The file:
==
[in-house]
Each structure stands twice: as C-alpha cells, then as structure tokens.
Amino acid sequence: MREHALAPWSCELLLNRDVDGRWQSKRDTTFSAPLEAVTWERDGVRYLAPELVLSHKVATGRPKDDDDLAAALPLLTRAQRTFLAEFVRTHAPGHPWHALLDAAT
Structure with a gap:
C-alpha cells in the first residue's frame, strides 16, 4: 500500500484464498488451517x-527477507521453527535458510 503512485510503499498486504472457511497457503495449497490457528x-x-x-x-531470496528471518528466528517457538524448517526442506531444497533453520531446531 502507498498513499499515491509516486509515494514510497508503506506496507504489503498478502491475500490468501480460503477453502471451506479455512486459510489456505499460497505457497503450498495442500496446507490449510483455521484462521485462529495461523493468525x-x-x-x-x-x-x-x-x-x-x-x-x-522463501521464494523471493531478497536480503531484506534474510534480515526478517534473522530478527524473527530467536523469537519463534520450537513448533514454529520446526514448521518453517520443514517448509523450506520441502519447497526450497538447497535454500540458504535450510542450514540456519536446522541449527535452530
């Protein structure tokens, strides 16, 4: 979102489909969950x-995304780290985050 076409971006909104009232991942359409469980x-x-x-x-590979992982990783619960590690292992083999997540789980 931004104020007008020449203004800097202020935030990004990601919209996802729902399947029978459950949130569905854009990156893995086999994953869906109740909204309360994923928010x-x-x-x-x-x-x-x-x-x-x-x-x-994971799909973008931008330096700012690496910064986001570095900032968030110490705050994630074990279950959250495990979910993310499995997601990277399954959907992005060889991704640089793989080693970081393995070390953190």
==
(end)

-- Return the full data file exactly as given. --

[in-house]
Each structure stands twice: as C-alpha cells, then as structure tokens.
Amino acid sequence: MREHALAPWSCELLLNRDVDGRWQSKRDTTFSAPLEAVTWERDGVRYLAPELVLSHKVATGRPKDDDDLAAALPLLTRAQRTFLAEFVRTHAPGHPWHALLDAAT
Structure with a gap:
C-alpha cells in the first residue's frame, strides 16, 4: 500500500484464498488451517x-527477507521453527535458510 503512485510503499498486504472457511497457503495449497490457528x-x-x-x-531470496528471518528466528517457538524448517526442506531444497533453520531446531 502507498498513499499515491509516486509515494514510497508503506506496507504489503498478502491475500490468501480460503477453502471451506479455512486459510489456505499460497505457497503450498495442500496446507490449510483455521484462521485462529495461523493468525x-x-x-x-x-x-x-x-x-x-x-x-x-522463501521464494523471493531478497536480503531484506534474510534480515526478517534473522530478527524473527530467536523469537519463534520450537513448533514454529520446526514448521518453517520443514517448509523450506520441502519447497526450497538447497535454500540458504535450510542450514540456519536446522541449527535452530
């Protein structure tokens, strides 16, 4: 979102489909969950x-995304780290985050 076409971006909104009232991942359409469980x-x-x-x-590979992982990783619960590690292992083999997540789980 931004104020007008020449203004800097202020935030990004990601919209996802729902399947029978459950949130569905854009990156893995086999994953869906109740909204309360994923928010x-x-x-x-x-x-x-x-x-x-x-x-x-994971799909973008931008330096700012690496910064986001570095900032968030110490705050994630074990279950959250495990979910993310499995997601990277399954959907992005060889991704640089793989080693970081393995070390953190």